That’s not to say that Once Upon a Time in Hollywood can’t or won’t find useful thematic material in the Manson Family murders. There’s no telling how that will pan out until we see the finished product. The dichotomy between the pointed political subversion of Multiple Maniacs and the pointless juvenile posturing of Live Freak! Die Freaky! does suggest that it will be a difficult task, however. John Waters snuck in his Manson Family humor when the wounds were still fresh and the topic was still taboo. John Roecker warns of what could happen when you pretend that same topic still has edge, despite it long having been made acceptable through repetition & familiarity.

For more on September’s Movie of the Month, the stop-motion animated Charles Manson musical Live Freaky! Die Freaky!, check out our Swampchat discussion of the film and last week’s look at the director’s follow-up, the Green Day documentary Heart Like a Hand Grenade.

-Brandon Ledet

John Waters’s Honeymoon Killers

My first thought watching Leonard Kastle’s grimy black & white crime romance The Honeymoon Killers was “Surely, John Waters loves this.” Without any evidence or background context it seemed obvious to me that The Honeymoon Killers’s mix of camp excess & horrific violence was an influence on Waters’s work, especially evident in the early scene where the killers’ first mark is shown atonally singing “America the Beautiful” at top volume in a bathtub. Even Martha Beck’s over-plucked eyebrows felt like a blueprint for Divine’s signature look, an over-the-top perversion of vintage bad taste in 1950s fashion. The truth is, though, that John Waters was already a fully-formed artist by the time The Honeymoon Killers was released. In fact, his film that most closely resembles Kastle’s, Multiple Maniacs, was released the very same year & already featured Divine in her full, knife-sharp-eyebrows glory. Waters’s work as more a kindred spirit than a direct descendant.

The opening credits scroll for Multiple Maniacs is framed like microfiche, as if the audience were researching old crime reports in archived newspapers. Both Waters’s film & The Honeymoon Killers were inspired by real-life serial killers (the Sharon Tate murder of the 1960s & the “Lonely Hearts killers” of the 1940s, respectively) and lean into the grim, cruel despair of those subjects. You can practically stain your fingers on the films’ cheap tabloid ink. They’re also tabloid-ready stories (one real & one fictional) because their respective killers are romantically linked & commit their crimes as a couple, turning tales of human despair into a kind of in-print soap opera. Multiple Maniacs is much freer to pursue an impossible, fantastic narrative, though, since it was merely inspired by the Sharon Tate murder (and filmed before Charles Manson’s name was even connected to that crime), branching off into its own detached-from-reality criminal fantasy. As opposed to the newlywed grifters of The Honeymoon Killers, Divine & David Lochary’s own theft & murder spree is a long-establish bond involving a traveling side show (Lady Divine’s Cavalcade of Perversions) where unsuspecting audiences are robbed at the end of each performance. Both crime/love partner relationships devolve in the same way, though; the male accomplice is caught cheating & the woman goes berserk (to Godzilla-scale effect in Multiple Maniacs).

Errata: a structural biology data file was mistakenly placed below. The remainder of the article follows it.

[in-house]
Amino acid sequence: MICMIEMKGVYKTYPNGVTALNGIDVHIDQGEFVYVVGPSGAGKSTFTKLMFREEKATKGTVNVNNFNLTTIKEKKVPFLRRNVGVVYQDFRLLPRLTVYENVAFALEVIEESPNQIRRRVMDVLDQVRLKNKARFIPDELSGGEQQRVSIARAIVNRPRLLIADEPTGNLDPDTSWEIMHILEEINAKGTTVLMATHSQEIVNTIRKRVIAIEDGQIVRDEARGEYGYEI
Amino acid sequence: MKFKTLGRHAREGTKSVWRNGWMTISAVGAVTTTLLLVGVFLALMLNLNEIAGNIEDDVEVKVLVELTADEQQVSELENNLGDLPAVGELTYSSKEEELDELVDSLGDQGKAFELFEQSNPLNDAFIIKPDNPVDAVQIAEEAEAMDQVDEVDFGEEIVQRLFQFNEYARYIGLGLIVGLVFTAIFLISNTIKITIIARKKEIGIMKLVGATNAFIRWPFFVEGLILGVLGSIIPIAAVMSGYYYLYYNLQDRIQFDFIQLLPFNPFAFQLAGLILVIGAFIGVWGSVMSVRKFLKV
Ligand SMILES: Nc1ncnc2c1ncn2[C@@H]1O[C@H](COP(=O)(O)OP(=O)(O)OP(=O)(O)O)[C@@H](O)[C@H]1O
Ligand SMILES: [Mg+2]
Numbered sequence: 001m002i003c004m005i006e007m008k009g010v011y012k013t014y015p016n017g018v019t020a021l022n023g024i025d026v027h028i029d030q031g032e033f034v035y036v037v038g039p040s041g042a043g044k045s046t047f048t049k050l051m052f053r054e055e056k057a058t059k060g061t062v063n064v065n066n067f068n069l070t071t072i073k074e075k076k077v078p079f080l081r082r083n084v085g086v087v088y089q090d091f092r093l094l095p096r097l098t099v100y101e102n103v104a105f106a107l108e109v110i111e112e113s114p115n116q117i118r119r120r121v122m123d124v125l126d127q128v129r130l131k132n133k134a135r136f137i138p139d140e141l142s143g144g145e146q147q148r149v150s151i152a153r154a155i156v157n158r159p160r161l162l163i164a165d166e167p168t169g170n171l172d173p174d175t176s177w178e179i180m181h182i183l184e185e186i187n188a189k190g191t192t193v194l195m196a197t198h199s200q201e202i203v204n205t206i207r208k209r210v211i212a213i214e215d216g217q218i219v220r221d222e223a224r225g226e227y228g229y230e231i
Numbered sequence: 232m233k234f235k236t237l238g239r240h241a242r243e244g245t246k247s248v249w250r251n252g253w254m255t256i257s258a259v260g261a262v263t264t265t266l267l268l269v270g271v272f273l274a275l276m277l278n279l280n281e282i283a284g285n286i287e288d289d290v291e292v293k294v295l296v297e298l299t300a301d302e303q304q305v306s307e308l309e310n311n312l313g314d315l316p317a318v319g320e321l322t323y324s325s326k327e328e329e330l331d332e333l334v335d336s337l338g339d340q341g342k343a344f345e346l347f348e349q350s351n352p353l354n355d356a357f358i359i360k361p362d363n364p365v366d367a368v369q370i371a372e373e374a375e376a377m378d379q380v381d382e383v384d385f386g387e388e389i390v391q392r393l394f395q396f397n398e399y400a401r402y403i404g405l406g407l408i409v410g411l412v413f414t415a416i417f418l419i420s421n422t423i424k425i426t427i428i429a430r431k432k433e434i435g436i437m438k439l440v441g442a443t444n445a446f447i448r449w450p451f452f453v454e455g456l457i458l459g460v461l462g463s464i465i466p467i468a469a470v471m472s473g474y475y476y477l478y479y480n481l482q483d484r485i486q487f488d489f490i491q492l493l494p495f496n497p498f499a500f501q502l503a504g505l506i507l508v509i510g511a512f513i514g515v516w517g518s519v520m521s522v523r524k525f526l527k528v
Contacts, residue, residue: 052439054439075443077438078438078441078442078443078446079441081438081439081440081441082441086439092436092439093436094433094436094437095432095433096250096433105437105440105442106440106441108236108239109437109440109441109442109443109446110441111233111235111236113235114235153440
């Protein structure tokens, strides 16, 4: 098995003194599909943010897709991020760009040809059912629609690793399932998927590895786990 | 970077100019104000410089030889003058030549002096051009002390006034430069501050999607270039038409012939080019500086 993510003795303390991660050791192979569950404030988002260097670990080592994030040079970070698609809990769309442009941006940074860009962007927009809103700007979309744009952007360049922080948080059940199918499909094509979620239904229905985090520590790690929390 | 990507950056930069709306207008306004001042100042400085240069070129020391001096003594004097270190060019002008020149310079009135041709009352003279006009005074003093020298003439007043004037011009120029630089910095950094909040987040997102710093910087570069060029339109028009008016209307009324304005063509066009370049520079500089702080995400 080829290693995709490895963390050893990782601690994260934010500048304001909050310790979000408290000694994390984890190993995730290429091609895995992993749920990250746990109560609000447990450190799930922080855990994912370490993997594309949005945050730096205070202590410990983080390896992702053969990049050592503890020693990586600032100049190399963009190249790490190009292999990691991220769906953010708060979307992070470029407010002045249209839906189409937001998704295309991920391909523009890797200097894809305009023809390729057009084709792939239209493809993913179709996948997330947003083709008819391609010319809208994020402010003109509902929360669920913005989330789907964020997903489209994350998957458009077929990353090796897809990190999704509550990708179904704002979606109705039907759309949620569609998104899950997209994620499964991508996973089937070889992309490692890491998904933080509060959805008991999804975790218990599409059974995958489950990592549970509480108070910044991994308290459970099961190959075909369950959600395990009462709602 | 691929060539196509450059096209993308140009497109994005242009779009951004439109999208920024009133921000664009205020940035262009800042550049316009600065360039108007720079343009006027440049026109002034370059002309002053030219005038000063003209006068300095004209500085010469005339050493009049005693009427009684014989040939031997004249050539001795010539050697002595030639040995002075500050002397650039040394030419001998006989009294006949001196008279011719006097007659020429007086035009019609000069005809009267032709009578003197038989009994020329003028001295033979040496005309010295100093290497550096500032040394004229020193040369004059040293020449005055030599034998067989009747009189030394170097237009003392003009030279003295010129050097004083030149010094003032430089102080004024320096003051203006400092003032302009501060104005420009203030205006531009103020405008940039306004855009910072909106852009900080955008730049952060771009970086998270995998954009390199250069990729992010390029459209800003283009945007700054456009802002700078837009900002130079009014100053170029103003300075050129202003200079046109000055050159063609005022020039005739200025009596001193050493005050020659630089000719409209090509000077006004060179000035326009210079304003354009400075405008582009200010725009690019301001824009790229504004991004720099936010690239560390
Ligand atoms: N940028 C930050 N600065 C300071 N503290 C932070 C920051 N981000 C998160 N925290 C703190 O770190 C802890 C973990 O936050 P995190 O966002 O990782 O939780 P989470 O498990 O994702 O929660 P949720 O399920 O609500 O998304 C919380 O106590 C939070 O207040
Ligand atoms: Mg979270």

What’s maybe not immediately apparent in either of these pictures is how that low-fi crime & grime is contrasted with high art sensibilities. Offended by the Hollywood gloss of Arthur Penn’s Bonnie & Clyde, Leonard Kastle stated that with The Honeymoon Killers, “I didn’t want to show beautiful shots of beautiful people.” Waters may have bested him there, setting up his own romantic crime thriller as a side show where odd-looking weirdos perform heinous acts like licking bicycle seats, shooting heroin, and homosexual kissing (!!!) to their literally captive audience’s horror. Where Waters dared to stoop lower in the unattractive details, he also aimed higher with his artistic sensibilities, especially in a scene where Divine & Mink Stole paly with anally-inserted rosary beads while reciting the Stations of the Cross, an Andrei Rublev-esque vision of Christ’s trials intercutting their lesbian foray. That surreality emerges again in an unexplained scene where Divine is raped by a giant lobster, but I fail to recall what Tarkovsky movie that might resemble. Francois Truffaut once stated that The Honeymoon Killers was his all-time favorite American film, as it was the one that most closely approximated the handheld immediacy of the French New Wave. One has to wonder if he ever got to see the less widely-distributed Multiple Maniacs before making that claim (or if it would have made a difference).